Brexit has rocked the UK and cast doubt on its future. My recent work in Northern Ireland shows how social innovation can help nations plot a way forward in these VUCA (Volatile, Uncertain, Complex & Ambiguous) times.

The Melting Pot recently completed a project aimed at supporting social innovation in Northern Ireland. The project was commissioned by the Building Change Trust who have a neat definition of social innovation:

“Social Innovation simply refers to the creation and implementation of new solutions to social problems, that are more effective or efficient than existing solutions. It can take the form of new products, services, models, markets or processes.”

Sounds like social enterprise too right? So here’s a crucial difference:

“Social innovations often occur through cross-sectoral collaboration and indeed social innovations themselves can be considered ‘business-model agnostic’ in the sense that they can be delivered through grant-funded organisations, social enterprises or private businesses.”

This is the heart of what’s distinctive about social innovation and why it’s so critical in these VUCA times. Social innovation has social impact at its core (as opposed to profit maximisation) but is not the exclusive preserve of non-profit making organisations. Instead it is characterised by collaboration between different sectors.

Belfast Mural

With unprecedented and challenging times ahead, it’s common sense that society’s problems won’t be cracked by one sector alone. Brexit is likely to result in greater and prolonged austerity with Government shrinking yet further and grant-funded charities fighting to survive as resources contract. Private and corporate businesses want to have a social impact but generally don’t have the know-how to make a real difference. Academia struggles to turn understanding into practical action. This is where social innovation can play a role, bringing different actors together to generate new solutions to society’s problems.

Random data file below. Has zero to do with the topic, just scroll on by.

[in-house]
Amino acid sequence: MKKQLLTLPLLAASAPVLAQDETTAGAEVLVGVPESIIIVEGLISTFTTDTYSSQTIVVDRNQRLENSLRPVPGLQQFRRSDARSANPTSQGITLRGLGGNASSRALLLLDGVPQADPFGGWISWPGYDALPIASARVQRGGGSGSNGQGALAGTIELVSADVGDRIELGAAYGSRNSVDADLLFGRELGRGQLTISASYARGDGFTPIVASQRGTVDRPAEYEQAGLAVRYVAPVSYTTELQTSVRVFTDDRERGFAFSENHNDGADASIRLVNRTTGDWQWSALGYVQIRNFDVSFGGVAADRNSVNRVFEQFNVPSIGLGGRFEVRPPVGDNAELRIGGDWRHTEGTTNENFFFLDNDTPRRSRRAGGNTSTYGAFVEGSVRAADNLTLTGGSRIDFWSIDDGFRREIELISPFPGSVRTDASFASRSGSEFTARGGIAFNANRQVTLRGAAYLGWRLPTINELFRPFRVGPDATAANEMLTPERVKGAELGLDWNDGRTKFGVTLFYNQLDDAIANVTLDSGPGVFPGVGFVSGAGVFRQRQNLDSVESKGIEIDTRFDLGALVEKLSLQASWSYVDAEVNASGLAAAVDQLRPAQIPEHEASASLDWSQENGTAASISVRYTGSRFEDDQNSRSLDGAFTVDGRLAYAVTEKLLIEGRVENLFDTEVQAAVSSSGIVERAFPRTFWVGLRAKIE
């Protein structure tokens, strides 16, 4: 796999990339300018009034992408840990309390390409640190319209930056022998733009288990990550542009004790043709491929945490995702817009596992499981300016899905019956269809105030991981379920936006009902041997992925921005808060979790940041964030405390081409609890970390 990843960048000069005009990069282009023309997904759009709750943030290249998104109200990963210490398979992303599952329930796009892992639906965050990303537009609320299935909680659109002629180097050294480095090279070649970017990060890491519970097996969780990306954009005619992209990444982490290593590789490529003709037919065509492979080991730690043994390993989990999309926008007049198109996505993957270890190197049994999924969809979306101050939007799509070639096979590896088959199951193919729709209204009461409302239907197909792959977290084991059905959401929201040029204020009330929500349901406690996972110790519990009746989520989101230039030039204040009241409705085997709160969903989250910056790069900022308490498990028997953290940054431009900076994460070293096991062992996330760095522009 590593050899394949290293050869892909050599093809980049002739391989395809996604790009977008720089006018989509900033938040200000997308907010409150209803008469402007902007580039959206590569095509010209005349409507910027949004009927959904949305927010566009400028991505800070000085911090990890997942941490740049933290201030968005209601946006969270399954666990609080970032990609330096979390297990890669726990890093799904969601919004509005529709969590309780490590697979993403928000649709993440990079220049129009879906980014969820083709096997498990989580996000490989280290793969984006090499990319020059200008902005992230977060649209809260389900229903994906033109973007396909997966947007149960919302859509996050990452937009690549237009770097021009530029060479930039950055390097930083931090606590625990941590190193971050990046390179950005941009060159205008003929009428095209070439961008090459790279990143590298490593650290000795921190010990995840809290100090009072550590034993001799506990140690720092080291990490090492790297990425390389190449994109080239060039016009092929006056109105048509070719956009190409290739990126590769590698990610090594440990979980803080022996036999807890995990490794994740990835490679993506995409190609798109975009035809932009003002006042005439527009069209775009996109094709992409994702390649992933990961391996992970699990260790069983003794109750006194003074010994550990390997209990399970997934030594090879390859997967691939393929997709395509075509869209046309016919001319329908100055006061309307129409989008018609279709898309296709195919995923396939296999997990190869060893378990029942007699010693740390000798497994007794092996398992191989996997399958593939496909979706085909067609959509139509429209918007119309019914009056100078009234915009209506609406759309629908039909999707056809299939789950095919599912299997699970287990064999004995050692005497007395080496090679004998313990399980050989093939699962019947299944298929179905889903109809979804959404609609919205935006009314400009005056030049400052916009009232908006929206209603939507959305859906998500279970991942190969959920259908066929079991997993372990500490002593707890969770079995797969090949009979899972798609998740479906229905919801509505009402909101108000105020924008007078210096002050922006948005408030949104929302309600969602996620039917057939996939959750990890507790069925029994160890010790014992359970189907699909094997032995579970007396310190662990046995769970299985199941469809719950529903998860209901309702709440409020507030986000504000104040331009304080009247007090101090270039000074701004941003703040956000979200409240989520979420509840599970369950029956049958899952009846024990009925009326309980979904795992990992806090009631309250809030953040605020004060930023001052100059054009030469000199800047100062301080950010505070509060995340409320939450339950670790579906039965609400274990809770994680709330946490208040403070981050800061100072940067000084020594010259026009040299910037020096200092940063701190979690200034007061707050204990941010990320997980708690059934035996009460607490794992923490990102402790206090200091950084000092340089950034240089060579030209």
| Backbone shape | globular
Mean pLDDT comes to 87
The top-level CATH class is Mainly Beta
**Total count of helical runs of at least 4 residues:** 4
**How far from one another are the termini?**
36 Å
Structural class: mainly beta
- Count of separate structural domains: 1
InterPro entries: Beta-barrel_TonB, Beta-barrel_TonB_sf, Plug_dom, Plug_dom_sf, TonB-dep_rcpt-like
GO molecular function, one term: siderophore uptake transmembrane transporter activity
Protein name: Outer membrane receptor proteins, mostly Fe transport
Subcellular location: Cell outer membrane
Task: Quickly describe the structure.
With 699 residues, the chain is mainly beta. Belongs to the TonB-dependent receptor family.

Even if we fear the worst, there are always ‘opportunities’ to be had in a VUCA world. So in Northern Ireland, I worked with Building Change Trust to engage diverse partners including academic institutions like Ulster University, enterprise hubs like the Nerve Centre, third sector intermediaries like NICVA as well as the Northern Ireland Executive. The aim is to create a platform that encourages and supports social innovation across the whole country.

Such an approach seems essential now against the backdrop of EU cash disappearing, a lack of enterprise development and ongoing challenges relating to peace and reconciliation. There’s a collective will around finding new answers and new business models, and social innovation is seen as a route to uncovering these.

And social innovation has an impressive track record in delivering change through pioneering models such as distance learning (Open University, The Khan Academy); micro-credit (Grameen) and the fair trade movement.

A couple of questions to ponder: What could be possible, if we were proactive in supporting social innovation, rather than sustaining the traditional Voluntary / Community / Social Enterprise sector as a whole? Who are you working with right now, and have you got the right mix of partners at the table to really make an effective difference? What opportunities for good can you grasp in these VUCA times?

Claire Carpenter, Founder and Managing Director of The Melting Pot

Read more about how we can put social innovation to work for the people of Scotland